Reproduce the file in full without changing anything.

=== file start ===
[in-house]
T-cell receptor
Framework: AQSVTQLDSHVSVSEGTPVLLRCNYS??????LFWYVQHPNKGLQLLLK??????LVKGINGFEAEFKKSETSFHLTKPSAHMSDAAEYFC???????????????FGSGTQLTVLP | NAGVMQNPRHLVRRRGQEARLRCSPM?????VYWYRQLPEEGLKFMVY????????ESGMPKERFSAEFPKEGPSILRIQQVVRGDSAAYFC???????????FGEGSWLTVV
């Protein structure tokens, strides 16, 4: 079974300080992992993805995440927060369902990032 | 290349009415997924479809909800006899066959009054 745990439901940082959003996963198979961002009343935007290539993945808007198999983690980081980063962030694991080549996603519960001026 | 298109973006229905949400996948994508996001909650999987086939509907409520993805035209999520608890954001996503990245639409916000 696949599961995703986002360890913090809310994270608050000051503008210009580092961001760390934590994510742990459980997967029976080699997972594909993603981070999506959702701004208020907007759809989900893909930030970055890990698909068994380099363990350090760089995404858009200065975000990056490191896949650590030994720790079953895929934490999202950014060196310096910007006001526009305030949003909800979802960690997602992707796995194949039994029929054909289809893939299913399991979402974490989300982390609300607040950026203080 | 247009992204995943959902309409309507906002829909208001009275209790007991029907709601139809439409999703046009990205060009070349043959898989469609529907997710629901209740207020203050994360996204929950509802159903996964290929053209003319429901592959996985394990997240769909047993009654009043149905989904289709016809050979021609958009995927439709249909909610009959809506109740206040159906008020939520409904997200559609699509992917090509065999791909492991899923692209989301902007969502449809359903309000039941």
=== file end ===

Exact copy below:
[in-house]
T-cell receptor
Framework: AQSVTQLDSHVSVSEGTPVLLRCNYS??????LFWYVQHPNKGLQLLLK??????LVKGINGFEAEFKKSETSFHLTKPSAHMSDAAEYFC???????????????FGSGTQLTVLP | NAGVMQNPRHLVRRRGQEARLRCSPM?????VYWYRQLPEEGLKFMVY????????ESGMPKERFSAEFPKEGPSILRIQQVVRGDSAAYFC???????????FGEGSWLTVV
């Protein structure tokens, strides 16, 4: 079974300080992992993805995440927060369902990032 | 290349009415997924479809909800006899066959009054 745990439901940082959003996963198979961002009343935007290539993945808007198999983690980081980063962030694991080549996603519960001026 | 298109973006229905949400996948994508996001909650999987086939509907409520993805035209999520608890954001996503990245639409916000 696949599961995703986002360890913090809310994270608050000051503008210009580092961001760390934590994510742990459980997967029976080699997972594909993603981070999506959702701004208020907007759809989900893909930030970055890990698909068994380099363990350090760089995404858009200065975000990056490191896949650590030994720790079953895929934490999202950014060196310096910007006001526009305030949003909800979802960690997602992707796995194949039994029929054909289809893939299913399991979402974490989300982390609300607040950026203080 | 247009992204995943959902309409309507906002829909208001009275209790007991029907709601139809439409999703046009990205060009070349043959898989469609529907997710629901209740207020203050994360996204929950509802159903996964290929053209003319429901592959996985394990997240769909047993009654009043149905989904289709016809050979021609958009995927439709249909909610009959809506109740206040159906008020939520409904997200559609699509992917090509065999791909492991899923692209989301902007969502449809359903309000039941």